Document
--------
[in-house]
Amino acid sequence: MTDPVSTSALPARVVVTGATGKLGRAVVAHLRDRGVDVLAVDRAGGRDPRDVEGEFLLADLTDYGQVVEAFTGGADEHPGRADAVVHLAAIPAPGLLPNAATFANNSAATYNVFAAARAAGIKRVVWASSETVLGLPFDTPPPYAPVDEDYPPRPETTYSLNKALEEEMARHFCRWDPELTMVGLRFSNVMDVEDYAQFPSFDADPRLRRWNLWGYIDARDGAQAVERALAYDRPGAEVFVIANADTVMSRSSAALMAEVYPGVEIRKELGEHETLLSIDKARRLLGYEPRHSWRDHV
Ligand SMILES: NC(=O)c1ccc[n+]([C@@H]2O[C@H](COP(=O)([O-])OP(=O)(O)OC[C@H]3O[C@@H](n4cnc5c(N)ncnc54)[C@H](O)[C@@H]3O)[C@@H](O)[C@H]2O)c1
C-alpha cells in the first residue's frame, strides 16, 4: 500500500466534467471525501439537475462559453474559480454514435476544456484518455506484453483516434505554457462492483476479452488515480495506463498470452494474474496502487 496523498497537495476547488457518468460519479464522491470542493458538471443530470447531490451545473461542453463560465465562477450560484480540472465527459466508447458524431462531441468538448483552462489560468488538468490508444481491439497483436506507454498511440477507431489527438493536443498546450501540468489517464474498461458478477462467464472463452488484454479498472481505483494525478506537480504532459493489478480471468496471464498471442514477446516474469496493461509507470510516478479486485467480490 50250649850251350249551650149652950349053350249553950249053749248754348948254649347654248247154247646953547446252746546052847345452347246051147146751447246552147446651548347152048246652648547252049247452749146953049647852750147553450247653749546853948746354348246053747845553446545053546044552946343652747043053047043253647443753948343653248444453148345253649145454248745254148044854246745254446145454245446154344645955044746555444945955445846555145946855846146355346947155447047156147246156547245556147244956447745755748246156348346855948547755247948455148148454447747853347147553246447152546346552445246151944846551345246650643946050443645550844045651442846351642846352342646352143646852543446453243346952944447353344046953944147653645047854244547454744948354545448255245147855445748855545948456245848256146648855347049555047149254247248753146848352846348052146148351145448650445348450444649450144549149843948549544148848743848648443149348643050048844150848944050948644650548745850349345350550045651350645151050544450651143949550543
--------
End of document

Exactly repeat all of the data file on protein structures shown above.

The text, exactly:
[in-house]
Amino acid sequence: MTDPVSTSALPARVVVTGATGKLGRAVVAHLRDRGVDVLAVDRAGGRDPRDVEGEFLLADLTDYGQVVEAFTGGADEHPGRADAVVHLAAIPAPGLLPNAATFANNSAATYNVFAAARAAGIKRVVWASSETVLGLPFDTPPPYAPVDEDYPPRPETTYSLNKALEEEMARHFCRWDPELTMVGLRFSNVMDVEDYAQFPSFDADPRLRRWNLWGYIDARDGAQAVERALAYDRPGAEVFVIANADTVMSRSSAALMAEVYPGVEIRKELGEHETLLSIDKARRLLGYEPRHSWRDHV
Ligand SMILES: NC(=O)c1ccc[n+]([C@@H]2O[C@H](COP(=O)([O-])OP(=O)(O)OC[C@H]3O[C@@H](n4cnc5c(N)ncnc54)[C@H](O)[C@@H]3O)[C@@H](O)[C@H]2O)c1
C-alpha cells in the first residue's frame, strides 16, 4: 500500500466534467471525501439537475462559453474559480454514435476544456484518455506484453483516434505554457462492483476479452488515480495506463498470452494474474496502487 496523498497537495476547488457518468460519479464522491470542493458538471443530470447531490451545473461542453463560465465562477450560484480540472465527459466508447458524431462531441468538448483552462489560468488538468490508444481491439497483436506507454498511440477507431489527438493536443498546450501540468489517464474498461458478477462467464472463452488484454479498472481505483494525478506537480504532459493489478480471468496471464498471442514477446516474469496493461509507470510516478479486485467480490 50250649850251350249551650149652950349053350249553950249053749248754348948254649347654248247154247646953547446252746546052847345452347246051147146751447246552147446651548347152048246652648547252049247452749146953049647852750147553450247653749546853948746354348246053747845553446545053546044552946343652747043053047043253647443753948343653248444453148345253649145454248745254148044854246745254446145454245446154344645955044746555444945955445846555145946855846146355346947155447047156147246156547245556147244956447745755748246156348346855948547755247948455148148454447747853347147553246447152546346552445246151944846551345246650643946050443645550844045651442846351642846352342646352143646852543446453243346952944447353344046953944147653645047854244547454744948354545448255245147855445748855545948456245848256146648855347049555047149254247248753146848352846348052146148351145448650445348450444649450144549149843948549544148848743848648443149348643050048844150848944050948644650548745850349345350550045651350645151050544450651143949550543